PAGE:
Kalen Smith writes about investing, retirement, and economic policy on Money Crashers Personal Finance.
For the sake of convenience, many investors do not look to manage their own portfolios or choose their own investments. Investors who don’t want to take the time to manage their own portfolios may be interested in purchasing shares in either an actively managed mutual fund or in an index fund.
Although both types of funds seek to make things easier for investors, they have different objectives that may make one more appropriate than the other for certain investors.
Differences Between Index Funds & Actively Managed Mutual Funds
An index fund is set up to match the performance of a particular index, such as the S&P 500. The fund accomplishes this by simply purchasing the same investments in the index it represents, and since the securities in many indices stay relatively constant, there is no need for frequent buying and selling of index fund holdings.
An actively managed mutual fund, however, may frequently buy and sell securities according to the fund’s objective and the manager’s discretion. These funds have higher expenses than index funds, and seek to outperform instead of simply match a benchmark index. For example, an actively managed fund that invests in large cap domestic stocks may seek to outperform the S&P 500 index.
Due to the fact that index funds and actively managed mutual funds are structured differently, you will need to understand the advantages and disadvantages of each before you decide which is best for you.
Advantages of Actively Managed Mutual Funds
Actively managed mutual funds are goal-focused. They do not seek to match the returns of an index, but rather to provide what index funds do not.
- Potential to Outperform the Market. These mutual funds can provide investors with the opportunity to outperform the market. Although it is a difficult standard to meet, some funds are able to successfully achieve this, though few, if any, do so on a consistent basis.
- Can Offer Greater Diversification. Actively managed funds can invest in many different types of securities. For example, they can hold stocks, bonds, derivatives, and real estate according to the fund’s objective and at the discretion of their management. In this way, they may be able to better limit themselves from the risks associated with any single market.
- Goal Oriented. Actively managed mutual funds are set up to provide a specific purpose for investors. This can be to provide high returns, minimal risk, or tax incentives. Since fund offerings and objectives are extensive, investors can focus on finding a fund that satisfies their individual needs and risk tolerance.
Advantages of Index Funds
Index funds, however, provide a variety of advantages relative to mutual funds.
- Lower Costs. Index funds are not actively managed. Therefore, they tend to have a significantly lower annual expense ratio than their actively managed counterparts.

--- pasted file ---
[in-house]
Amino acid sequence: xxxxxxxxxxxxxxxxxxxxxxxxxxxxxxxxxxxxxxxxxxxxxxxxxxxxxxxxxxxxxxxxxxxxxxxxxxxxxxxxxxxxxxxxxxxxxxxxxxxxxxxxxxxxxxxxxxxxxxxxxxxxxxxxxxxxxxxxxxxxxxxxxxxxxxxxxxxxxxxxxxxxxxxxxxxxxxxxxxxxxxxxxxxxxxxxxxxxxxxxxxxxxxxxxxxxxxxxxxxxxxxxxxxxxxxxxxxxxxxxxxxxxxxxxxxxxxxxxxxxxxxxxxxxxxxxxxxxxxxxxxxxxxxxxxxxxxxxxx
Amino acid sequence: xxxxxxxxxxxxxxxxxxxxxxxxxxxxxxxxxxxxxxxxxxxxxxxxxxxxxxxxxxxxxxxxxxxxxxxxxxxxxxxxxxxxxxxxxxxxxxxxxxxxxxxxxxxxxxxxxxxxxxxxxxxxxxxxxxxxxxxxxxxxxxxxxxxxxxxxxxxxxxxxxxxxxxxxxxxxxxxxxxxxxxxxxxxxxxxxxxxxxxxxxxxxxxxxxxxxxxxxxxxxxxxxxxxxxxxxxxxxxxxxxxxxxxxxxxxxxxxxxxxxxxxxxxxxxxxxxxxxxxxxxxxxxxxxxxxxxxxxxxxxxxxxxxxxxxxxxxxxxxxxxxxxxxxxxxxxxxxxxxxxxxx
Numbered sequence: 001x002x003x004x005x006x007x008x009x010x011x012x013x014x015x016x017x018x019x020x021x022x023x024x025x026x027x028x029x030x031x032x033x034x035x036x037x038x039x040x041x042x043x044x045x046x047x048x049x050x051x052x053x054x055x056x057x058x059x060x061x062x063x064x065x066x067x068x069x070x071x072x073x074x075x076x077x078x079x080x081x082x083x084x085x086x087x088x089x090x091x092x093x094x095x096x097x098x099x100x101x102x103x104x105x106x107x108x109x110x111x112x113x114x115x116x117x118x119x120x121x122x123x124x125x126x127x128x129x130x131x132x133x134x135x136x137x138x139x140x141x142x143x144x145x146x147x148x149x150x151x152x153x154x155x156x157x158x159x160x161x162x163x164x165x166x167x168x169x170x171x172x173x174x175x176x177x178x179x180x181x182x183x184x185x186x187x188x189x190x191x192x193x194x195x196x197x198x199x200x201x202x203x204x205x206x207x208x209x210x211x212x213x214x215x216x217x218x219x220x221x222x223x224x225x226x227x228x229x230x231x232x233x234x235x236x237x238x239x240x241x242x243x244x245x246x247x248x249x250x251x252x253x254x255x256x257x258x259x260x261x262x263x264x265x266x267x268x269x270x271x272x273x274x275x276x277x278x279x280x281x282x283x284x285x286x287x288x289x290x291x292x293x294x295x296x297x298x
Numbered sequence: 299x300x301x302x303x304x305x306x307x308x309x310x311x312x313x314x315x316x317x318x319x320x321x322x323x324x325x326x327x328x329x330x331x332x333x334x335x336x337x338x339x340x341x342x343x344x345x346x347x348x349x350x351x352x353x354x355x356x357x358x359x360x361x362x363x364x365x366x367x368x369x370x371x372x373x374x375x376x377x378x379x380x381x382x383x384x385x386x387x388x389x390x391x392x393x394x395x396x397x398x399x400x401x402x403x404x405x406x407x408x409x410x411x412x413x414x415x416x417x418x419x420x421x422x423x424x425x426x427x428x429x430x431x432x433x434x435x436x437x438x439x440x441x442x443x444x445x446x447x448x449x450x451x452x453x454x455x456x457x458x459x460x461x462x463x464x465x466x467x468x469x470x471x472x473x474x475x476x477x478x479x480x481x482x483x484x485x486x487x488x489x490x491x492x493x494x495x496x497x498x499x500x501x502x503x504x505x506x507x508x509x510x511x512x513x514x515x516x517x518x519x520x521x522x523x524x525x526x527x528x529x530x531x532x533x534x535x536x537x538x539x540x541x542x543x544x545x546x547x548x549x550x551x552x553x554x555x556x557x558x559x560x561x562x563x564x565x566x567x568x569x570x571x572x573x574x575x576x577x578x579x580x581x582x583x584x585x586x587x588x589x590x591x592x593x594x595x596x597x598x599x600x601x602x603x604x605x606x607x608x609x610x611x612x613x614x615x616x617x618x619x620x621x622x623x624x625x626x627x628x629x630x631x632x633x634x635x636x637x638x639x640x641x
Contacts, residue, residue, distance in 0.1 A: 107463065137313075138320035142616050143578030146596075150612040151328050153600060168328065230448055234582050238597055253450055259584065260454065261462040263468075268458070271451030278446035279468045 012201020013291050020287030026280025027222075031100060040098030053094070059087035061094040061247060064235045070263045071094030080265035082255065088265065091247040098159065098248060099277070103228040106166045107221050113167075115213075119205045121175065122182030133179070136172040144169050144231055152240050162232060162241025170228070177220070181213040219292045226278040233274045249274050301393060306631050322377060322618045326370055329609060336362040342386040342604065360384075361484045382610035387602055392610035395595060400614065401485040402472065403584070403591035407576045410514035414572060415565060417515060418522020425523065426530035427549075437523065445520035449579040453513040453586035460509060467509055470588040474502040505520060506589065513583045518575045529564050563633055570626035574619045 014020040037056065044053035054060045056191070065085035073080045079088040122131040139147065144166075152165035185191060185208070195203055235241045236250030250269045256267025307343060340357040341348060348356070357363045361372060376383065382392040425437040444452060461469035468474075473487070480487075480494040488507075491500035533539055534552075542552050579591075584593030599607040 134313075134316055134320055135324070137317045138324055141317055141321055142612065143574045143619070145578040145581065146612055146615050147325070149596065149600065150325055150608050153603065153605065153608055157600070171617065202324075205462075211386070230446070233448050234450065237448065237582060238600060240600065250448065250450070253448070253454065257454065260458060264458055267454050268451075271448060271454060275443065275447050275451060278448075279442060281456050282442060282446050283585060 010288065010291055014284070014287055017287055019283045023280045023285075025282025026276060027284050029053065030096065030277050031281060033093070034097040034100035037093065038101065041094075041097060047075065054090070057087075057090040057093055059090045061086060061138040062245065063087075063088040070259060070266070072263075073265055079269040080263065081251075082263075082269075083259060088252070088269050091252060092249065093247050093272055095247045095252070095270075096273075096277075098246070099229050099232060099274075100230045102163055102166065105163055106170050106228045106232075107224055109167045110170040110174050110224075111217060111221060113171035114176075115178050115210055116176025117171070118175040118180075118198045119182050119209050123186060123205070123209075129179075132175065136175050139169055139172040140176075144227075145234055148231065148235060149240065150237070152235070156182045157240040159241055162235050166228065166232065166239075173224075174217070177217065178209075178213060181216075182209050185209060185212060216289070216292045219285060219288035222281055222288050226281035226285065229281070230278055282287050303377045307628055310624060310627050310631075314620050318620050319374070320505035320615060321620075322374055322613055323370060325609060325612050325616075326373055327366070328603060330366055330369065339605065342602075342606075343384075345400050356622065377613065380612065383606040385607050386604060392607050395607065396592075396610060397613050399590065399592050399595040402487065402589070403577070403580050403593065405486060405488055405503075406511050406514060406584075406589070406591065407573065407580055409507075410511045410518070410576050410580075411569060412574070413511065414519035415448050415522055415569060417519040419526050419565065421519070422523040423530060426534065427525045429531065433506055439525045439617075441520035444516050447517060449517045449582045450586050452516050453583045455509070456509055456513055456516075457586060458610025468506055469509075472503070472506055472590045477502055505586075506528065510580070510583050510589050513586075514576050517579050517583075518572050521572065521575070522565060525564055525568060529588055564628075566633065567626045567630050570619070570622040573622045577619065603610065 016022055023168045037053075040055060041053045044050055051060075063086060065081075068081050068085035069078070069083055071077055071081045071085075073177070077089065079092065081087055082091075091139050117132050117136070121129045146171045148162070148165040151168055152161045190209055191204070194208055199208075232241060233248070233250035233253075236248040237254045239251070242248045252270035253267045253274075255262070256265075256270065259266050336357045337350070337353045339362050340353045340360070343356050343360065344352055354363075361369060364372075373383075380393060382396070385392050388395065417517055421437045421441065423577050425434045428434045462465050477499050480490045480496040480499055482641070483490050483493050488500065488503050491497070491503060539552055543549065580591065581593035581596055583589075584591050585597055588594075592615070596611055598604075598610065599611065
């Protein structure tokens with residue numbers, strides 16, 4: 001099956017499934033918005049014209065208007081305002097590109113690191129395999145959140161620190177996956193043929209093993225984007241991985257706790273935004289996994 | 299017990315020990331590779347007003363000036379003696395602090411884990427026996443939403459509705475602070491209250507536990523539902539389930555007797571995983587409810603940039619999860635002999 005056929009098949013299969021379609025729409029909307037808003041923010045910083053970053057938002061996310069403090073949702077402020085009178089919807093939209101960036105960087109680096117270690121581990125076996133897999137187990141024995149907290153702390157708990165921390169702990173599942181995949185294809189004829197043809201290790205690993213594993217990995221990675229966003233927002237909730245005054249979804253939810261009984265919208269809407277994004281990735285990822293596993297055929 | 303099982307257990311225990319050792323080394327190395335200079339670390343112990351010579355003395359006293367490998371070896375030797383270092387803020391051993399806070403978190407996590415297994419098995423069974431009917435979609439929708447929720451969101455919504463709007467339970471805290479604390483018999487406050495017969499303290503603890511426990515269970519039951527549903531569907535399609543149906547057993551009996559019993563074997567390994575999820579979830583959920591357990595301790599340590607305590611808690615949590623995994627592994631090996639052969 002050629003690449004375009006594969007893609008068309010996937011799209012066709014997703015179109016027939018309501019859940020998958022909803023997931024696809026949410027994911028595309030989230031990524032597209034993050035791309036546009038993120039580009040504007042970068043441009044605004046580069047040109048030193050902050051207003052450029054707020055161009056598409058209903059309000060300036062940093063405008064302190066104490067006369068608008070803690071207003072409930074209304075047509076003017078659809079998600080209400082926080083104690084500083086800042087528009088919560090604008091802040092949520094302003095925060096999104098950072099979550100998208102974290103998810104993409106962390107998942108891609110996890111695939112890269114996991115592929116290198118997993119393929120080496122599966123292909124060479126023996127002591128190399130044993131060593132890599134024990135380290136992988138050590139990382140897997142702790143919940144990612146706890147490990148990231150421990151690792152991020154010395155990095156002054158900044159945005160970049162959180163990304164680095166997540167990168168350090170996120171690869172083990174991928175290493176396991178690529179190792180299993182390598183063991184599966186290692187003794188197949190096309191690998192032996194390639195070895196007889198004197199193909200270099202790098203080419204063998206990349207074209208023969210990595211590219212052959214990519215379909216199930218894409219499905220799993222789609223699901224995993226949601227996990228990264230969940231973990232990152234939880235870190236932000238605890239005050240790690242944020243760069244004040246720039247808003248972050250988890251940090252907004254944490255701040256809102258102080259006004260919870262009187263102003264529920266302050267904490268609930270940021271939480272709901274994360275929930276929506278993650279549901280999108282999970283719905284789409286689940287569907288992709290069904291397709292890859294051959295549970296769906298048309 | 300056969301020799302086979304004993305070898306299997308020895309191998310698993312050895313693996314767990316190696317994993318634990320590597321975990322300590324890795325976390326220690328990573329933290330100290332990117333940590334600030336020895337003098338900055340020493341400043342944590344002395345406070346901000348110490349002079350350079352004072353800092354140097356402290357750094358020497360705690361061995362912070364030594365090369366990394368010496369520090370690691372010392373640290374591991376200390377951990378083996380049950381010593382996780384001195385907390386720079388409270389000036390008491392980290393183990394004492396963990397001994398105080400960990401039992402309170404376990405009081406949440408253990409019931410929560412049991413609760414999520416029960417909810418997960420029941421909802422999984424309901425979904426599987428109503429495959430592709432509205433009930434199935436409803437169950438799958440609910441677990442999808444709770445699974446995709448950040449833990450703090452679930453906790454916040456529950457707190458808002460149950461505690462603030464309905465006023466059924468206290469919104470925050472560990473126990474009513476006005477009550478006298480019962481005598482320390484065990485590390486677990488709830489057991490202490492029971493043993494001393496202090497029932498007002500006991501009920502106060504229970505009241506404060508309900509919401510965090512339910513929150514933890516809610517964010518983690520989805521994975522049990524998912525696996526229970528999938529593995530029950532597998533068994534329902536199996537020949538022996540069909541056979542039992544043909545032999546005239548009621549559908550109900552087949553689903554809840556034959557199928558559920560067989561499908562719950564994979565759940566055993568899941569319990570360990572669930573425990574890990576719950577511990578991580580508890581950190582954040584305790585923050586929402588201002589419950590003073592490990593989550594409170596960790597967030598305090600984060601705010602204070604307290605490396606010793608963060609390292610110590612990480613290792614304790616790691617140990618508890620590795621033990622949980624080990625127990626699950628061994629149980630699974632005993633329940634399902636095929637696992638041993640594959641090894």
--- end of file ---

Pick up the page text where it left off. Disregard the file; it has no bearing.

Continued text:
- Often Report Higher Returns. On average, index funds outperform the majority of actively managed mutual funds. In fact, some analysts have found that leading index funds outperform actively managed funds 85% of the time.
- Lower Capital Gains Taxes. Due to the fact that index funds aren’t actively managed, turnover is not as high. Therefore, investors are less likely to have to pay capital gains taxes than they would with actively managed funds, which typically sell holdings more regularly.
Which Fund Is Best for You?
You will need to consider your investing goals to choose which type of fund is best for you.
One of the most appealing things about index funds is their low-cost structure. Especially if you’re investing for the long-term, annual expenses can significantly eat into your gains year over year. Also, index funds are advantageous for investors who are interested in saving on their taxes, as they rarely report capital gains comparable to most actively managed funds.
However, investors should also consider that there are a number of different types of both index and actively managed mutual funds, and with actively managed mutual funds, they may be able to find a more specialized fund that satisfies their investing needs. For example, an investor who is interested in investing in both bonds and stocks could purchase an actively managed balanced fund. To accomplish this in index funds, he or she would have to separately purchase both a stock index fund and a bond index fund.
While you may be tempted to invest in an actively managed mutual fund if you want to beat the stock market, you should be realistic about your chances of doing so. The majority of these funds do not outperform stock market indexes, so your best bet could be to invest in an index fund that replicates the index itself.
That said, if you’re willing to do the research required to find a winning fund, going the active management route could pay off. But regardless of whether you invest in an index or actively managed mutual fund, the most important thing is to make sure that you are investing in a fund that is consistent with your own financial goals.
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